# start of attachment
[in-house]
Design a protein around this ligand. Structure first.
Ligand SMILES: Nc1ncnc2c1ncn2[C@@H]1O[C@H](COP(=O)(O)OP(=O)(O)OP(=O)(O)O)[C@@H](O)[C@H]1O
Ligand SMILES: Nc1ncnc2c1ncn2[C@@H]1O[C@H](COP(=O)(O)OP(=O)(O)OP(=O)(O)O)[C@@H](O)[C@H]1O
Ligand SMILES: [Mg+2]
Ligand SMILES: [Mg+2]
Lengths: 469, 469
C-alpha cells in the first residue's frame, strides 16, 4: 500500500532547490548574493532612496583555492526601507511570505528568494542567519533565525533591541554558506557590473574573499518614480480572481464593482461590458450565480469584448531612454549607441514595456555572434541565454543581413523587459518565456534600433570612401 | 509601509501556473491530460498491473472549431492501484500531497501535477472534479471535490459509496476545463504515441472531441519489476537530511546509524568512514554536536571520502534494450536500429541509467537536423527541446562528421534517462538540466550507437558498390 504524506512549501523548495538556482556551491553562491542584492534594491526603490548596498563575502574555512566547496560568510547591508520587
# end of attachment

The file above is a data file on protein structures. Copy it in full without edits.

[in-house]
Design a protein around this ligand. Structure first.
Ligand SMILES: Nc1ncnc2c1ncn2[C@@H]1O[C@H](COP(=O)(O)OP(=O)(O)OP(=O)(O)O)[C@@H](O)[C@H]1O
Ligand SMILES: Nc1ncnc2c1ncn2[C@@H]1O[C@H](COP(=O)(O)OP(=O)(O)OP(=O)(O)O)[C@@H](O)[C@H]1O
Ligand SMILES: [Mg+2]
Ligand SMILES: [Mg+2]
Lengths: 469, 469
C-alpha cells in the first residue's frame, strides 16, 4: 500500500532547490548574493532612496583555492526601507511570505528568494542567519533565525533591541554558506557590473574573499518614480480572481464593482461590458450565480469584448531612454549607441514595456555572434541565454543581413523587459518565456534600433570612401 | 509601509501556473491530460498491473472549431492501484500531497501535477472534479471535490459509496476545463504515441472531441519489476537530511546509524568512514554536536571520502534494450536500429541509467537536423527541446562528421534517462538540466550507437558498390 504524506512549501523548495538556482556551491553562491542584492534594491526603490548596498563575502574555512566547496560568510547591508520587